Maritime and offshore classification society ABS said Thursday it had brought together leading companies in the Floating Production Storage and Offloading (FPSO) sector to address the safety challenges produced by a fleet where more than half of the FPSO vessels are over 30-years-old and a quarter are over 40-years-old.
The working group, consisting of Chevron, Shell Trading (U.S.) Company, Petrobras, MODEC, and SBM Offshore as well as The Bahamas Maritime Authority (BMA), the Republic of the Marshall Islands (RMI) Registry, and the U.S Coast Guard 8th District, led by ABS has already seen the creation of five Joint Industry Projects (JIPs) aimed at using technology to tackle a range of FPSO safety issues.
JIPs will tackle composite materials repairs for offshore structures, life extension of wire ropes, gauging management software, applications of photogrammetry and 3D Lidar Laser Scanning, and the role of artificial intelligence in corrosion analysis, ABSsaid .
Christopher J. Wiernicki, ABS Chairman, President, and Chief Executive Officer said:” The offshore industry is faced with an evolving risk profile, with opportunities to enhance protocols and systems to address these risks. With almost 60 percent of the global operating fleet of FPSOs classed by ABS, we are committed to addressing these issues and ensuring the ABS-classed fleet remains the safest and best-performing fleet in the world. The challenges surrounding maintenance and structural fitness of aging FPSOs is not just a Class concern; rather, it is an industry challenge that requires the involvement and cooperation of all of the industry players.”
“Structural Integrity is one of our main Process Safety Barriers and we all face the same challenges on aging units. It is of utmost importance and in everybody’s interest to share experience, knowledge, ideas and that we agree on a best way forward to maintain structural integrity in a safe and efficient manner. Therefore, we are fully committed to support and participate in this initiative,“ said Ivar Houthuysen, SBM Assets Integrity Director.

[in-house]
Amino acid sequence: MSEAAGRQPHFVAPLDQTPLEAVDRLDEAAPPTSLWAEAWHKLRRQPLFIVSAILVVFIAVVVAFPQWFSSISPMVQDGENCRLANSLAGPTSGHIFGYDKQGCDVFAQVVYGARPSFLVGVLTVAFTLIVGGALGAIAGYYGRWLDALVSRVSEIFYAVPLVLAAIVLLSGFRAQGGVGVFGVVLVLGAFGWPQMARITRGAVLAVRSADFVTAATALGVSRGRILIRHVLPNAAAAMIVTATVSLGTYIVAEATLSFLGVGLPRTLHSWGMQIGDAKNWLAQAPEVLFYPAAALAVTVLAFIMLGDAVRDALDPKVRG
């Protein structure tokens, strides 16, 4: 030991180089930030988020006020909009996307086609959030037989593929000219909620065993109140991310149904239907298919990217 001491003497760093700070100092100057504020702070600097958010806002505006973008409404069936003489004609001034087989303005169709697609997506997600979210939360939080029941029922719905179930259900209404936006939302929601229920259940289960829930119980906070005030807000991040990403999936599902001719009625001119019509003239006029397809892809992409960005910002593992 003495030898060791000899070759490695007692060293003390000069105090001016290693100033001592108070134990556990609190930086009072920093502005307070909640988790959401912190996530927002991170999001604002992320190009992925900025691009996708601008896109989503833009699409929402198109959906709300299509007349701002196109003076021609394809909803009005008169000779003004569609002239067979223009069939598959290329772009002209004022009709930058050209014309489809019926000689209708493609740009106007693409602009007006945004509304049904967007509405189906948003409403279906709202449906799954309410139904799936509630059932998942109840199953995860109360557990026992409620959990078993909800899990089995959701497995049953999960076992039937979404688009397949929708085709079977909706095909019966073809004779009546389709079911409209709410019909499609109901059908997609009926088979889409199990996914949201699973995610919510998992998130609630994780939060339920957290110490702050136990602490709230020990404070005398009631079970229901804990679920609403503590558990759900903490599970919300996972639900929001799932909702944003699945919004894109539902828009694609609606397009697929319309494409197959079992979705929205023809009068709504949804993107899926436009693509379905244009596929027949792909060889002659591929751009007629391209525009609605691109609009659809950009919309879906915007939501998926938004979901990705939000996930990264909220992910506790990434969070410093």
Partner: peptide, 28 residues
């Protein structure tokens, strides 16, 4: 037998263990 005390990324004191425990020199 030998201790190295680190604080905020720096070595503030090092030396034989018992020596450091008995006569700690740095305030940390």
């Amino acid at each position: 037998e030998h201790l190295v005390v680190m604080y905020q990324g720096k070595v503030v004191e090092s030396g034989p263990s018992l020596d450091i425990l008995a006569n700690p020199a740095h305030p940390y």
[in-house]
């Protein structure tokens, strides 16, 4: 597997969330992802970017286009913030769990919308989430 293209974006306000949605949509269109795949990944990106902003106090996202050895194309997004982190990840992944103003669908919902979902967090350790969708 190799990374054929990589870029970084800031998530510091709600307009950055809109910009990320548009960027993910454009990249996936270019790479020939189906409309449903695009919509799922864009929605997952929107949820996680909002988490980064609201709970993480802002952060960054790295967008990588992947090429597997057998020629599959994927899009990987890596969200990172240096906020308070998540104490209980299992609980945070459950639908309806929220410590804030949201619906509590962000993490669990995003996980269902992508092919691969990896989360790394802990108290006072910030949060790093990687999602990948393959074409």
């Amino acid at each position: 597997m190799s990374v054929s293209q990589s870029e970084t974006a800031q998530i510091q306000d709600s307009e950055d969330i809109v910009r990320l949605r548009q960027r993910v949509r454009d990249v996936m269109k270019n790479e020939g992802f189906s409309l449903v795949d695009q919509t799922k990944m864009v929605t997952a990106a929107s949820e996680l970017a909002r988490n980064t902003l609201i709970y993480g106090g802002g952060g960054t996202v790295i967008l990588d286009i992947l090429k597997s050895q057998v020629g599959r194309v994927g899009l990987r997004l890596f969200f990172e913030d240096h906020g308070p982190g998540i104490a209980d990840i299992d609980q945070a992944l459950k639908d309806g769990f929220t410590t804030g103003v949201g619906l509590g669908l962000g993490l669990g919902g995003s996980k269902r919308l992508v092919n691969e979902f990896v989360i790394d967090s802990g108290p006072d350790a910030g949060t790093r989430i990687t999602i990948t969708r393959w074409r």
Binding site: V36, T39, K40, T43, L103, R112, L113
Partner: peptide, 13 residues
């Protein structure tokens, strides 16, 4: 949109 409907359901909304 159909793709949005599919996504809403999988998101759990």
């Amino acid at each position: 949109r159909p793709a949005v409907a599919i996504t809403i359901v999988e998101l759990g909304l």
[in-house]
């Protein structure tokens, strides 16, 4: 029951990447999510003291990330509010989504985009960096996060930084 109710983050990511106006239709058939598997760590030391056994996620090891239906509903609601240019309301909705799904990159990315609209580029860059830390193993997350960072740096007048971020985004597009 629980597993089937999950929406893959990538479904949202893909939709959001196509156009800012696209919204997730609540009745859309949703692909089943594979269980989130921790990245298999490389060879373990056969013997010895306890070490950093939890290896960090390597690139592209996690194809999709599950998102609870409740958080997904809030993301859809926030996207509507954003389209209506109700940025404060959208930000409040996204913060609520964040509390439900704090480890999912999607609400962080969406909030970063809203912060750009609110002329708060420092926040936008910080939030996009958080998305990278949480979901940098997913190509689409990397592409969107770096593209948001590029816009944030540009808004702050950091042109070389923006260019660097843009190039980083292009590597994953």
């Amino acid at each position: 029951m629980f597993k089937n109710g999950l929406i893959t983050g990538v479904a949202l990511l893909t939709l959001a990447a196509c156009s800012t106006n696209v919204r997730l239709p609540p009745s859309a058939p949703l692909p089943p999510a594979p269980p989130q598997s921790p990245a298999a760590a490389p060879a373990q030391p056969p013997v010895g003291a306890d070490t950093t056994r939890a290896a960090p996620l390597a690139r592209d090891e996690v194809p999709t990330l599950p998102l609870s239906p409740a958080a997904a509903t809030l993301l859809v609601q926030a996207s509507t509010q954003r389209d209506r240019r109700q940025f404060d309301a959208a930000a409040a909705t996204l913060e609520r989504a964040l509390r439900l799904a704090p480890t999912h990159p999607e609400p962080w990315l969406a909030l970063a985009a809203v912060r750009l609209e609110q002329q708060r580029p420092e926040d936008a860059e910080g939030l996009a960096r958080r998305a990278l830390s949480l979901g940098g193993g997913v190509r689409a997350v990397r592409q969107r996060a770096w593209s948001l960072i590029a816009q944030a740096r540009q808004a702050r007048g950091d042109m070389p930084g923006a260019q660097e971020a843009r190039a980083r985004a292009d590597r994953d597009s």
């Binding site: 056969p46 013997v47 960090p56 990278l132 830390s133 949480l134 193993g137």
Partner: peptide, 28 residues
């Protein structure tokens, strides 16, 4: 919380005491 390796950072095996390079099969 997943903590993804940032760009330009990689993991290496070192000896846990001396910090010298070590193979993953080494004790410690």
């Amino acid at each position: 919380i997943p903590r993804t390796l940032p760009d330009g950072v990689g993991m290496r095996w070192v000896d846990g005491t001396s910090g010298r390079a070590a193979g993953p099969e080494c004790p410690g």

“We should recognize that offshore production facilities, which have only 50-years history, are not identical to ships, which have already matured over 6,000-years. It is important to humbly learn how to maintain the integrity of our FPSOs for long design lives through “trial and error” and continuously incorporate new learnings into future FPSOs, including Class rules,” said Koichi Matsumiya, Modec GM, Engineering and Deputy CTO.
ABS has said it has also developed its rules, with a significant number of changes applicable to FPSOs, both for existing units and for new facilities. These Rule changes are intended to address many of the risks related to aging FPSOs from both a design and a maintenance perspective.
According to ABS, a total of 55 FPSO units in the global fleet are reaching the end of their design life in the next five years, a further five already have life extension in place, with a further 19 currently being evaluated for life extension.
“The efforts of this working group will produce outcomes that assist with the evaluation and potential acceptance of life extension. ABS classed the first FPSO vessel in U.S. waters in 1978 and continues to lead safety and innovation with new technology that supports larger, more complex FPSOs operating in ultra-deep water and in the pre-salt region of Brazil,” the company said.